Money managers are seeing a resurgence in European banks' appetite to provide loans in parts of the direct lending market, adding another layer of competition to an already crowded market.
Sources said they have seen some European investment and commercial banks' appetites to lend normalize, following years of reticence as they labored to comply with regulations designed to stabilize and derisk the banking system after the financial crisis.
While the trend varies by country and market segment, competition is particularly acute in the senior-secured part of the private debt market — an area in which sources said direct lending managers already faced hurdles because banks have advantages including existing relationships with borrowers. Sources also highlighted that direct lending is a highly competitive market just from the choice of strategies available from money managers. Data by Preqin Ltd. show that, at the start of April, there were 348 private debt strategies in the global market looking to raise $168 billion from investors. Direct lending strategies account for 170 of that total, targeting $74 billion in assets. On the banking side, the Association for Financial Markets in Europe's high-yield data report shows leveraged loan issuance totaled €195.3 billion ($233.9 billion) in 2017, up 37.9% year-over-year.
"The bank retrenchment which was evident several years ago has now slowed or stopped as bank balance sheets have been repaired," said Patrick Marshall, head of private debt and collateralized loan obligations at Hermes Investment Management in London. "In fact, some banks which had exited the leveraged loan market or had mothballed their leveraged loan functions are now actively re-entering the market and taking share."
The onset of rules after the global financial crisis, such as Basel III, saw banks pull back to their home countries.
"That trend is ongoing but certain in the U.K.," said James Pearce, head of direct lending at M&G Investments in London. "And pre-crunch, banks typically held large, single-name positions; where a small number lost money was because of a high concentration in single names. Fast-forward to today and I think we've seen bank market appetite has normalized. They are all looking to grow market share and position, but I wouldn't say their risk appetite has materially changed — it has normalized." After the crisis, he noted, banks had "overcorrected."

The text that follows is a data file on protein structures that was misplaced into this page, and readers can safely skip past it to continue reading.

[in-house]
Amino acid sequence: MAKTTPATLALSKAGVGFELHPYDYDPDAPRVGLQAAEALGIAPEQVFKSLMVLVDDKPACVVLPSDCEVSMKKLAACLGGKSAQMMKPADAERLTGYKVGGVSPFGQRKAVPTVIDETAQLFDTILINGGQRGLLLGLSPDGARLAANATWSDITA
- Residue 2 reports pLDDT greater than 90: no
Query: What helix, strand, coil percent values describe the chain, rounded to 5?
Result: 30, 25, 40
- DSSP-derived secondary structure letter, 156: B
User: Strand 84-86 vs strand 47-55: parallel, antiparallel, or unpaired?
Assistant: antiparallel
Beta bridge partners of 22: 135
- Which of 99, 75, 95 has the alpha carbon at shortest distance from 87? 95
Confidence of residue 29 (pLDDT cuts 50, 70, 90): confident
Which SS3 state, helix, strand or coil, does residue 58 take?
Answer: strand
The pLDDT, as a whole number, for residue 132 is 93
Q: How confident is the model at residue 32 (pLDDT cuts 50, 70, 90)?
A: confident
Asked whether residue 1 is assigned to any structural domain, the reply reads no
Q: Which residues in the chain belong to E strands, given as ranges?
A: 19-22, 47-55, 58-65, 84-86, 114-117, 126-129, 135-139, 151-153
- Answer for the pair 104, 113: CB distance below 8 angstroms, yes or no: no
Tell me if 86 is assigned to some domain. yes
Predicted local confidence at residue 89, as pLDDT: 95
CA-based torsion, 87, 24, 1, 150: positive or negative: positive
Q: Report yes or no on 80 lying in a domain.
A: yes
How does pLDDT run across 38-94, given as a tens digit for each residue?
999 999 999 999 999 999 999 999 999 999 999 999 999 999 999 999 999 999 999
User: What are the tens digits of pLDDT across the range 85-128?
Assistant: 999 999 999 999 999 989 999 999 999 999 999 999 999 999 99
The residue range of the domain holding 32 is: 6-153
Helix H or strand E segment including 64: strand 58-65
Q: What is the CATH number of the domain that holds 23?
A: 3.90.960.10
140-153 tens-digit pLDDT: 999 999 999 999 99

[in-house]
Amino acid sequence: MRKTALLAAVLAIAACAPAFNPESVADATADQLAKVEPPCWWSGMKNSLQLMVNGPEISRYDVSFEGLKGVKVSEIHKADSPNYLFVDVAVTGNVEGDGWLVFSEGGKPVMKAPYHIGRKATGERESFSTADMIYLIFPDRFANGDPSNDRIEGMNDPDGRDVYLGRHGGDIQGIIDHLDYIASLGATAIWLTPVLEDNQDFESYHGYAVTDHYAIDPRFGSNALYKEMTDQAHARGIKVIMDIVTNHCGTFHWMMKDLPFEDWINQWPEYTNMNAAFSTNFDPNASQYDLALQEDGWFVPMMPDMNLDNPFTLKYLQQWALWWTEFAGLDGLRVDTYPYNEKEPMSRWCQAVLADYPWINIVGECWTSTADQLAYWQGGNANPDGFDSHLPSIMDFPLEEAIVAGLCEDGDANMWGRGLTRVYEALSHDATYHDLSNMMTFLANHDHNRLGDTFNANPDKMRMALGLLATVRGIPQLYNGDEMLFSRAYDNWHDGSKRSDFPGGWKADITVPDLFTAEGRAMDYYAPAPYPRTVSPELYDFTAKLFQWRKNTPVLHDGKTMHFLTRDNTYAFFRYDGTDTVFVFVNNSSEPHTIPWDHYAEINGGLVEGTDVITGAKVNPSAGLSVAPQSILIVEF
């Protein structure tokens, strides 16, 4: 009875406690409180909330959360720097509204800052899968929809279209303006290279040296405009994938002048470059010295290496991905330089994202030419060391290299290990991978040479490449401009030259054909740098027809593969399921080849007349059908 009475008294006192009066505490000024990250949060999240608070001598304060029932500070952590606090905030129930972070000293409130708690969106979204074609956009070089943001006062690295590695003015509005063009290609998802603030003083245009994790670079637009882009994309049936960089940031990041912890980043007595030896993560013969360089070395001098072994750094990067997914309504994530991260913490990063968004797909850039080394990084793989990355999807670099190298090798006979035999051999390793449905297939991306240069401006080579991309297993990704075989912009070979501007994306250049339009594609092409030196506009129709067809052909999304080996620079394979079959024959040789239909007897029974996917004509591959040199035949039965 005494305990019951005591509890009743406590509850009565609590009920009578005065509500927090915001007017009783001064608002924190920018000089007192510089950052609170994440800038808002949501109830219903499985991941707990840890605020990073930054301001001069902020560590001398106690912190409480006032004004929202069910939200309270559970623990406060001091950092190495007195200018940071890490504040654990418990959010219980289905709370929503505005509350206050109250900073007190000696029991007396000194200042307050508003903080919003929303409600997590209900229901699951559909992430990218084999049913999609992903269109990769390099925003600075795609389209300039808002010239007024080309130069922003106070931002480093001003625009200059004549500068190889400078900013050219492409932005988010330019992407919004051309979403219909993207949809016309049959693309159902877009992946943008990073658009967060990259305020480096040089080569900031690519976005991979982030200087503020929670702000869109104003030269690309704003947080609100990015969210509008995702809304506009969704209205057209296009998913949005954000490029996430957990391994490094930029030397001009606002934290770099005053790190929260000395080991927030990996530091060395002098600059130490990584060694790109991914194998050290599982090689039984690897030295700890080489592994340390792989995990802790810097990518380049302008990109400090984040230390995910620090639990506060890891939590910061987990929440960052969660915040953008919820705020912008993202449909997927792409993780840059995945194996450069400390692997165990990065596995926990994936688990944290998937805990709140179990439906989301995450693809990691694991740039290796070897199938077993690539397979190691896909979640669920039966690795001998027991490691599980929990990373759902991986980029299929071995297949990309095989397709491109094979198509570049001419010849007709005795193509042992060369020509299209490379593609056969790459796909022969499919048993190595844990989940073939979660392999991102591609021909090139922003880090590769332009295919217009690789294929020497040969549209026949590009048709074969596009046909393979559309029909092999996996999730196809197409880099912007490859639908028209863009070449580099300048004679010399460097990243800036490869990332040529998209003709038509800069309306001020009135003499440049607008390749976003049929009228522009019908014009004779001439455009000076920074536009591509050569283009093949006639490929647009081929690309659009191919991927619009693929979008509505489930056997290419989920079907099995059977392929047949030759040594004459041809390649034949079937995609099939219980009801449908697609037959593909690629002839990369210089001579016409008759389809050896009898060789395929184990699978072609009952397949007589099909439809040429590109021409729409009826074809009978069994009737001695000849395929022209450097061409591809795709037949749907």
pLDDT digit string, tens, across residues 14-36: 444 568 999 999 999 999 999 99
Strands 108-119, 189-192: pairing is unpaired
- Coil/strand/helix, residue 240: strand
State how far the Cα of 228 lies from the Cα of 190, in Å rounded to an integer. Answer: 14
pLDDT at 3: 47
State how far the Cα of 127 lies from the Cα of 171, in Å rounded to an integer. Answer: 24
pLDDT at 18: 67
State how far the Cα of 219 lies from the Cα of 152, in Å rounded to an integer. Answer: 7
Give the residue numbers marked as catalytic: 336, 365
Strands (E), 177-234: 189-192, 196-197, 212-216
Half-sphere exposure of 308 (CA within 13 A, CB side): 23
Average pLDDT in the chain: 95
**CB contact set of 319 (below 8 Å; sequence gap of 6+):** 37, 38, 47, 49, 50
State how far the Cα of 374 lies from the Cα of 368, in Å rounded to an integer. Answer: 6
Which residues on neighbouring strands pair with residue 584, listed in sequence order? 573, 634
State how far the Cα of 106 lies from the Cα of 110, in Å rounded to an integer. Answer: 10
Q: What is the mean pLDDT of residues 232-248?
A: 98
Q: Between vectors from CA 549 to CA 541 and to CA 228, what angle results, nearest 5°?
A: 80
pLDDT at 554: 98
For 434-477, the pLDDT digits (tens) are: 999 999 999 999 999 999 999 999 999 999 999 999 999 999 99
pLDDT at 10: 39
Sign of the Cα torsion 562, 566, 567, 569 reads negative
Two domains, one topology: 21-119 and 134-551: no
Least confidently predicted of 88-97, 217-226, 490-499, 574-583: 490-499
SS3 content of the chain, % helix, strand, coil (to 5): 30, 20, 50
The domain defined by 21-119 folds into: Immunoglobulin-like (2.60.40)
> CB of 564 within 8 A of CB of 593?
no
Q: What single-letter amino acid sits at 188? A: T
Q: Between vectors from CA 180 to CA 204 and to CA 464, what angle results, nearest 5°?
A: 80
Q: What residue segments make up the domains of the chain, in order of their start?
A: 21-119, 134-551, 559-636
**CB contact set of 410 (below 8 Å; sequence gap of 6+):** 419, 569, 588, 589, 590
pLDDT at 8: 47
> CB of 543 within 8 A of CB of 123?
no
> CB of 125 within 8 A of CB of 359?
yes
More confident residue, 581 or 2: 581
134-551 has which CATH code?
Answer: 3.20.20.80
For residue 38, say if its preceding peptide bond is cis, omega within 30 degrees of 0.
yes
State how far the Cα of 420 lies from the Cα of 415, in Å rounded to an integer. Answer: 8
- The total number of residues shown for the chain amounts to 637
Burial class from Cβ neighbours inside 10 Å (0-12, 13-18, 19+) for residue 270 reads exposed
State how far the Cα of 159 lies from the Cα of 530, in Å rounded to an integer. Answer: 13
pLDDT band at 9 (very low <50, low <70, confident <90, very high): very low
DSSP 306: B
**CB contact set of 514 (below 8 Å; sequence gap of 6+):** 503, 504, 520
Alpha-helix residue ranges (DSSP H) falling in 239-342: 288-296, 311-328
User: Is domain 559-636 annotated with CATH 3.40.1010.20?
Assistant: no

Since the financial crisis there has been "€600 billion ($739.2 billion) of shrinkage of European banks' balance sheets," covering lending to non-financial corporates, said Fabian Chrobog, managing partner at North Wall Capital LLP in London.
Banks had in recent years been concentrating on simpler, larger deals with key clients. But as the market normalizes, "banks are once again competing with direct lenders," Mr. Chrobog said.
A resurgence in bank lending was identified as the biggest challenge to the direct lending market over the coming years by 24% of 80 respondents to a recent survey of private debt and private equity investors in the U.K., Europe, North America, Africa, Asia and the Middle East by fund trust and corporate services provider Intertrust Group BV, Amsterdam.
"Our study shows that despite the rise of private debt funds, professional investors believe that traditional banks will continue to be a dominant force in lending," said Michael Johnson, St. Helier, Jersey-based director, head of funds-Channel Islands, at Intertrust.
But there are regional variations, said Mr. Johnson and other sources, with Germany still dominated by the banks, which are "in a strong position to re-enter the market," Mr. Johnson said; while the U.K. market has been disintermediated by the private debt managers. "In contrast, U.K. banks that have retreated from traditional branch networks are much less likely to be able to regain this role for themselves, and so will need to turn to partnerships with private debt managers," Mr. Johnson added.